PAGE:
The future of the HR industry is bright. As long as people continue to work and interact with each other in the workplace and as the economy continues to improve, there will continue to be plenty for us to do. Talent, which is our domain, is the number one priority for the typical CEO. We are responsible for recruiting and retaining our companies’ number one asset. In order to build credibility and establish our expertise, we have to speak not only the language of HR but the language of our senior business leaders.
The 3 Skills You Need
Your path to the board room starts with developing these skills by learning and gaining experience in these three areas starting today.
You have to be able to sell yourself and your ideas. It’s not about being aggressive and making a hard sale. It is understanding that every conversation you have, every relationship you build, every single interaction with your senior leadership is an opportunity to move you and your HR and talent acquisition goals forward. You know what you are doing. You are the HR expert. Having sales skills will help you speak the language of the executives and help showcase what you have to offer, your value, all while reminding yourself that you are working towards a long-term goal.
You need to approach every interaction with a sales mind. In many sales departments you hear the phrase “always be closing,” often referred to as the ABCs. This goes for you in your interactions with your leadership. Be aware, alert and prepared. Always be willing and able to close that sale. Know the value you offer and always be willing to present and discuss it with confidence.
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It can start with something as simple as reading your company’s profit and loss statement or intentionally spending time with operations to understand what reports and metrics are most important for your CEO. You need to gain a good understanding of these things. Study them, ask questions and do your homework. Listen to their verbiage and words while focusing on the ways that what you do in HR plays into them and has a role in the bigger picture of the overall organization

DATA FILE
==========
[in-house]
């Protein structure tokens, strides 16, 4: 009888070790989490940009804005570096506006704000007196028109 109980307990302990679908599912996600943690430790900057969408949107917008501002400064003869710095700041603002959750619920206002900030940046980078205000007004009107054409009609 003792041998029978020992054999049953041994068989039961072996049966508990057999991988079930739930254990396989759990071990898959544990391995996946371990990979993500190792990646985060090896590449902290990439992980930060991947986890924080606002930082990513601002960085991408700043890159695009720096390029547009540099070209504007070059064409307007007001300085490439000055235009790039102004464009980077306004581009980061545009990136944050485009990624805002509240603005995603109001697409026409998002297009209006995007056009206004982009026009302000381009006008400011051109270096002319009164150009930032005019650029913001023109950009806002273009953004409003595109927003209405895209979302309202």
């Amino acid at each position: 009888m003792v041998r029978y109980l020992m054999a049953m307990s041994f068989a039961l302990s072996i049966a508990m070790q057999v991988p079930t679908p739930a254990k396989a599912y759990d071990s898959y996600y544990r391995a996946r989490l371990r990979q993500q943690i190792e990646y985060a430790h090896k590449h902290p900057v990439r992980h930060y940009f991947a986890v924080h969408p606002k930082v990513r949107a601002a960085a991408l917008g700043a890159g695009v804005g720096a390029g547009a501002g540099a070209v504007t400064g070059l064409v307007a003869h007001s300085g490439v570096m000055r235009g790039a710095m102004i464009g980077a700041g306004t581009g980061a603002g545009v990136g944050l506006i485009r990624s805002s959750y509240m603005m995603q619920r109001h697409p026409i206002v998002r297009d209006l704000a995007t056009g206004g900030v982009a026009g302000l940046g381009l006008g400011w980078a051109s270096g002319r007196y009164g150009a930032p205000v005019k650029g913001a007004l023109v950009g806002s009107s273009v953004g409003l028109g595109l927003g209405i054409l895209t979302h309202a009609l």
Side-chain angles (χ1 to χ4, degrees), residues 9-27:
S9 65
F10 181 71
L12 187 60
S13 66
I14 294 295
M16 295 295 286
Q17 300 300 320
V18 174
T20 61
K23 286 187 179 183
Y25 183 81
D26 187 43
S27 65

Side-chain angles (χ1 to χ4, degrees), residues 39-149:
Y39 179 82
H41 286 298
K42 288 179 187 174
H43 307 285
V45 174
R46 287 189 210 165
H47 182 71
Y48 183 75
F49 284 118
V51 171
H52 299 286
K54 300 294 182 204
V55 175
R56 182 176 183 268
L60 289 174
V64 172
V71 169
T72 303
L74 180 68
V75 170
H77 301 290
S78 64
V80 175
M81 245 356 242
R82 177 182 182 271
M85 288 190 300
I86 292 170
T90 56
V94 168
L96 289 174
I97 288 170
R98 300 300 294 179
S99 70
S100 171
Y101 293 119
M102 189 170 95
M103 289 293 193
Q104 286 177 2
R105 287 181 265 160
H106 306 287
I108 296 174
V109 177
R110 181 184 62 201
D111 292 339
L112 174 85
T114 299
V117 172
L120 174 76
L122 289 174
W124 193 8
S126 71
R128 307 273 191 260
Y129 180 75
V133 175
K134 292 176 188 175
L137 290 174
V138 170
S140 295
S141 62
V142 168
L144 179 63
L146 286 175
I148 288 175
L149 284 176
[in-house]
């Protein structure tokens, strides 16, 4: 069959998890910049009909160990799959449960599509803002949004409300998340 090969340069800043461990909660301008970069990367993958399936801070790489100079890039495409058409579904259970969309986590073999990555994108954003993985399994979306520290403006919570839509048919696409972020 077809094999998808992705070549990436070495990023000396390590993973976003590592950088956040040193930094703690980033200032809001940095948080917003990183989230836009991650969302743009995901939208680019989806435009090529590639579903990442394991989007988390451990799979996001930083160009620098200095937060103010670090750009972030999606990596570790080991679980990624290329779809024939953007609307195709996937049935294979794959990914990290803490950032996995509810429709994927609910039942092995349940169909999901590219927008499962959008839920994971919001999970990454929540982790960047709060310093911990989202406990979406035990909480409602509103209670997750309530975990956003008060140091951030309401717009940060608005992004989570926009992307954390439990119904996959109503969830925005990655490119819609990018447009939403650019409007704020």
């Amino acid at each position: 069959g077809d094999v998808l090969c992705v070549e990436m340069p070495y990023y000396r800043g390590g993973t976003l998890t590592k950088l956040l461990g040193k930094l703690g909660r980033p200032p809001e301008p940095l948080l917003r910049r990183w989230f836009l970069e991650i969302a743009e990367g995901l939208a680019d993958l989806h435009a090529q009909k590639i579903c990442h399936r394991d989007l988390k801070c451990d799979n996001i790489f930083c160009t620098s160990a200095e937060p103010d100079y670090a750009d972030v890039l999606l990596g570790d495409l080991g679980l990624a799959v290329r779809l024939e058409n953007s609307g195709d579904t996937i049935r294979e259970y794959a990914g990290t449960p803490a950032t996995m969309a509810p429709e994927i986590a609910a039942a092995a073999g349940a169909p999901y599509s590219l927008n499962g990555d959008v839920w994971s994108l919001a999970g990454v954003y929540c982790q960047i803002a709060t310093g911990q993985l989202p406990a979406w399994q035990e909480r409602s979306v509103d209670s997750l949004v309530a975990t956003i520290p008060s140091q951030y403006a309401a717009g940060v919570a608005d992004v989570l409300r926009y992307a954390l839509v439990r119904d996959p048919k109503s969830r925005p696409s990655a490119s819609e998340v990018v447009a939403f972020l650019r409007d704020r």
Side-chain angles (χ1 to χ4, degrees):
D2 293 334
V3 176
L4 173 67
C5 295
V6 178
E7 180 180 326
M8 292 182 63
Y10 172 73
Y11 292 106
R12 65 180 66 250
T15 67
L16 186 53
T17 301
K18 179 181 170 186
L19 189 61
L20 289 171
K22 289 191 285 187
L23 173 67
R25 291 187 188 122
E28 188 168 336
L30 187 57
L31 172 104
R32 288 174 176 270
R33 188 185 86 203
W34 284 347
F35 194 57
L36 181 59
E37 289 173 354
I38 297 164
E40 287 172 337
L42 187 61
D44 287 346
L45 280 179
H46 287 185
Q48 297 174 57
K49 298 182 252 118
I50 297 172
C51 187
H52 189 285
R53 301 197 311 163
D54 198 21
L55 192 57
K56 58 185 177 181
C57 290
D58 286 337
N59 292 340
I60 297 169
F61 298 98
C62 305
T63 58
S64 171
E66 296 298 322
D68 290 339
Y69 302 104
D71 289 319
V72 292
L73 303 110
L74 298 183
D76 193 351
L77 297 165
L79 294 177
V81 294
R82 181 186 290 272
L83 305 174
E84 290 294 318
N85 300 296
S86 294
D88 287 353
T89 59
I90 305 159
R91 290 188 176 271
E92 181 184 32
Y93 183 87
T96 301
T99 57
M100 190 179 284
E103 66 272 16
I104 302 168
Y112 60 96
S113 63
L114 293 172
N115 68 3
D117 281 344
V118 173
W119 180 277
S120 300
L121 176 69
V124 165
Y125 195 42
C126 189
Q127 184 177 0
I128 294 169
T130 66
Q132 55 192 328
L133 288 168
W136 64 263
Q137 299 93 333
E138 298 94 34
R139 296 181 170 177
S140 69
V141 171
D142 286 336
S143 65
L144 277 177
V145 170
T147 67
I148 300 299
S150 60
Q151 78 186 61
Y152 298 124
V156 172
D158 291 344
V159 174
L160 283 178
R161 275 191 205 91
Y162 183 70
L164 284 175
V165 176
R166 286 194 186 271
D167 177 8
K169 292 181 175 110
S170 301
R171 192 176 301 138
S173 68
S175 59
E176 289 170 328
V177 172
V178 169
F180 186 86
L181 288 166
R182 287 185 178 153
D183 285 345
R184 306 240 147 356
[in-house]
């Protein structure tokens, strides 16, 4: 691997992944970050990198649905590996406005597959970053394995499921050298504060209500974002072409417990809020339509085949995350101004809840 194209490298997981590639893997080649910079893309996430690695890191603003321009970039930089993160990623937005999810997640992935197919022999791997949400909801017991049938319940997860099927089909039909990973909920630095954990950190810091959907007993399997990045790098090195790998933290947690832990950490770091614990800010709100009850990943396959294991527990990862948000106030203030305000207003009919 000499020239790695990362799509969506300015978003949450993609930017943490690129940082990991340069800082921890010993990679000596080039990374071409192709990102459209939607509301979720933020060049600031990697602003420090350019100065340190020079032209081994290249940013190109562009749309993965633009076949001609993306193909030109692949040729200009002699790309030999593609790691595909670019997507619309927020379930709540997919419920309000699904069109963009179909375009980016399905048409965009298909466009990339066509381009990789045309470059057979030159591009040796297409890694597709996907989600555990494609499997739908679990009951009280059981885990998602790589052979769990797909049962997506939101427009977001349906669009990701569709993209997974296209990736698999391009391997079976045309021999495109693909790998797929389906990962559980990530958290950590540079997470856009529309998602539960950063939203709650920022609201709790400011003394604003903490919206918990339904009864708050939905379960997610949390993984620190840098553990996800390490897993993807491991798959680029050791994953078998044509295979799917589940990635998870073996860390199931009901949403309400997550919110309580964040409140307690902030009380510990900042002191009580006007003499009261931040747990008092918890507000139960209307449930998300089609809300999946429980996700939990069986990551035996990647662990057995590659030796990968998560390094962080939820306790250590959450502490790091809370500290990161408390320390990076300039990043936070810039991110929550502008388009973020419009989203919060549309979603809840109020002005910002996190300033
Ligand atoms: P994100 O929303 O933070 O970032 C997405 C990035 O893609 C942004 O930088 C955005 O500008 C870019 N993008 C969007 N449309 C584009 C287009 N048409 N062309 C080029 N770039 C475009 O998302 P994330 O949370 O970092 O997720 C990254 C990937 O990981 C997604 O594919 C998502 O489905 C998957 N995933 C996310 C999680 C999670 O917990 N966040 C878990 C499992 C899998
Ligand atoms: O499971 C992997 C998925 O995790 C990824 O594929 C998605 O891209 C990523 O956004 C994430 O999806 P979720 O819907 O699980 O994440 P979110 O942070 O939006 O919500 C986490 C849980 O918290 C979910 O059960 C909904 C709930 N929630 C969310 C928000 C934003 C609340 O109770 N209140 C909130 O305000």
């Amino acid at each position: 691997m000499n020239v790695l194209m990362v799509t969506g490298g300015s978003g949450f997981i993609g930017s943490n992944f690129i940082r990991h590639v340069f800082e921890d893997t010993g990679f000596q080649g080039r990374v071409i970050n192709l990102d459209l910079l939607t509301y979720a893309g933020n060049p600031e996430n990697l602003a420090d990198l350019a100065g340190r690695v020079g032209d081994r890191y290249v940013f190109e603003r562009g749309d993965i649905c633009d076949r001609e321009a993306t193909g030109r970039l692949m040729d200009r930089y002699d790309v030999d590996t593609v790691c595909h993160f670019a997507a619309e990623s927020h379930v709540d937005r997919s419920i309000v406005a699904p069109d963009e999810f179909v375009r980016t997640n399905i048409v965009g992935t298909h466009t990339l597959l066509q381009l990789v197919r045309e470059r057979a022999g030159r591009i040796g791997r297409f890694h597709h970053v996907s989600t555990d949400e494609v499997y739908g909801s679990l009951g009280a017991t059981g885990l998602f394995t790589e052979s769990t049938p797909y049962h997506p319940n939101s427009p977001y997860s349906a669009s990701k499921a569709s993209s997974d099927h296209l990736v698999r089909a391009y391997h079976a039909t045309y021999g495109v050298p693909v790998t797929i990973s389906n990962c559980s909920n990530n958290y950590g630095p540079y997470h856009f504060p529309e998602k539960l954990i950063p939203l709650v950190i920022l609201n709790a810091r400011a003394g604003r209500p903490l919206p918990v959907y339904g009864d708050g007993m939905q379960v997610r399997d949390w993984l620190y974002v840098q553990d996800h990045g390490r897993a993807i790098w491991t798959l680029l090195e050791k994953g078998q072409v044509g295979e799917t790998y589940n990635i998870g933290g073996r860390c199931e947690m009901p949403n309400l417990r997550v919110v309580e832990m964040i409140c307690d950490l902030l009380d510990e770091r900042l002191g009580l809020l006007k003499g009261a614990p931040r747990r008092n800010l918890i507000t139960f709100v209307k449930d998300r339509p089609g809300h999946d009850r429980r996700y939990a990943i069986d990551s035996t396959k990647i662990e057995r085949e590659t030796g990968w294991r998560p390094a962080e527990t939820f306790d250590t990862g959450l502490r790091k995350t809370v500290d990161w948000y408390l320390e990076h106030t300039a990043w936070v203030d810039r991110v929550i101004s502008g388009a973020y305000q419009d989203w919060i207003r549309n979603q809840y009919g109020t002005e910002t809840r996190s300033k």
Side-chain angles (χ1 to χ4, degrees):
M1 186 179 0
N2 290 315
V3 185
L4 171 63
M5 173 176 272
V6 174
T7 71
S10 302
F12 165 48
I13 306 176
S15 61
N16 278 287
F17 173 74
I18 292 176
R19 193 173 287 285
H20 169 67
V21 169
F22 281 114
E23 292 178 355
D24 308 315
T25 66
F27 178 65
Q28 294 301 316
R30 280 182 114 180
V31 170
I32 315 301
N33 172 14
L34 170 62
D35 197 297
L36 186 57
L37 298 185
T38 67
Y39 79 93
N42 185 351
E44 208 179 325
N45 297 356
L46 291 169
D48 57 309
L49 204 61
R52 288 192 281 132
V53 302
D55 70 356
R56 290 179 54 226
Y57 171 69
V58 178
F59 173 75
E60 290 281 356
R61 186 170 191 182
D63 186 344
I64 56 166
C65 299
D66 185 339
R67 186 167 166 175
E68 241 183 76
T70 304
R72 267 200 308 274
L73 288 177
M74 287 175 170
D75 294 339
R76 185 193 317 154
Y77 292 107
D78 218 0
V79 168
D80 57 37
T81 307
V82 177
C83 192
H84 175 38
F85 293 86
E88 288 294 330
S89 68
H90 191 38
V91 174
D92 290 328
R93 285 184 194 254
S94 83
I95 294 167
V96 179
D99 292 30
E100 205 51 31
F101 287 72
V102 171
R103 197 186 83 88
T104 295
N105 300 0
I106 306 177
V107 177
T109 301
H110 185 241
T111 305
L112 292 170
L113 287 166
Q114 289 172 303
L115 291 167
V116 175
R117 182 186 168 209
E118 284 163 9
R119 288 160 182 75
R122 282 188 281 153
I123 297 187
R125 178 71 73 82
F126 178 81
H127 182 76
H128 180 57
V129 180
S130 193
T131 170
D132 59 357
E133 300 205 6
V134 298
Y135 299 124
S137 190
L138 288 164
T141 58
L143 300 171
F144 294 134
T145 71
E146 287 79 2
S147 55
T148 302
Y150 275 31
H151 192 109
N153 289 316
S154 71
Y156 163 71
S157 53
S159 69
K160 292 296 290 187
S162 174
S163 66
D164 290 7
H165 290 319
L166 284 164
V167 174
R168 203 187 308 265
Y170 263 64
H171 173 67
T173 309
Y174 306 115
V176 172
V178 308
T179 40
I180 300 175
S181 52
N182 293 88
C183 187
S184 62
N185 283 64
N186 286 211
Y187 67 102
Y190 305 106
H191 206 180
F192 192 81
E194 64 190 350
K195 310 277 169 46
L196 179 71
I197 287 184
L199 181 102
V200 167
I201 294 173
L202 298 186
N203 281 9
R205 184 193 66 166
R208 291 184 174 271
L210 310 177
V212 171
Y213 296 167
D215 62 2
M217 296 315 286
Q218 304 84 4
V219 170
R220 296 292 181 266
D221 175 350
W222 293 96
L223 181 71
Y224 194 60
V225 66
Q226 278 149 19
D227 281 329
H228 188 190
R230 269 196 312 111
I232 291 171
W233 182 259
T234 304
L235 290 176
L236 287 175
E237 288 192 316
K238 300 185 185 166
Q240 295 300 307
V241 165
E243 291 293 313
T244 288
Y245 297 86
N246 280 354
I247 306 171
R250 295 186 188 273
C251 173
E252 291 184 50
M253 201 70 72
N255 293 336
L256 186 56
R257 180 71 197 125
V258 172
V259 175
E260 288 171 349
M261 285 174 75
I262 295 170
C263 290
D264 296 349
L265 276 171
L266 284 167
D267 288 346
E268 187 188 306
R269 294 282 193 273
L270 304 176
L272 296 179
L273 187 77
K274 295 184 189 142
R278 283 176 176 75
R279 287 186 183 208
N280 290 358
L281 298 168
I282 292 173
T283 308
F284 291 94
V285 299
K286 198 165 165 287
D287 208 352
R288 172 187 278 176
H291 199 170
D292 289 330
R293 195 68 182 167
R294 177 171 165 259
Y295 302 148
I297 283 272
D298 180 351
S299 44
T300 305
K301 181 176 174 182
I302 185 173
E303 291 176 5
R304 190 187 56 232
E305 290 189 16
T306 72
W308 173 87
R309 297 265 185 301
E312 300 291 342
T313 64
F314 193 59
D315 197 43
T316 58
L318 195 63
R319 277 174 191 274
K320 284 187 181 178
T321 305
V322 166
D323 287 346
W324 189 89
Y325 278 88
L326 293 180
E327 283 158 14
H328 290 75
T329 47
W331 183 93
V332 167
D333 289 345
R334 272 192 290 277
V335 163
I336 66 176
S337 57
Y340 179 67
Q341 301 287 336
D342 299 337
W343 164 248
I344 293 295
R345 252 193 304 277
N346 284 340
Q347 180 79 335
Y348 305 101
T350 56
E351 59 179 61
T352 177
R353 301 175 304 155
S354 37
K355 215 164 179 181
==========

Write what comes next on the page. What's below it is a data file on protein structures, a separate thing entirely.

This one can be interchangeable with whatever the current topic of interest or popular hobby is for your senior staff. Do what you need to do to learn the skills and be competitive at it. Take private lessons, read books and attend competitions. Learn the language so that you can be part of conversations that seem leisurely where business is taking place. Weather it stops there or gets you invited along (which is where you will need to not only talk the talk but walk the walk and those private lessons will have been made worth it), it puts you on a different level with the senior staff. It makes your interactions more personal and they can begin to see you on their level.
What it all boils down to is knowledge, confidence and being relatable. When you possess these qualities and then show them to your senior leadership, you put yourself in a new spot where interactions and teamwork become easier. In turn, having them on your side will make your job easier. The importance of what you do will be recognized and appreciated.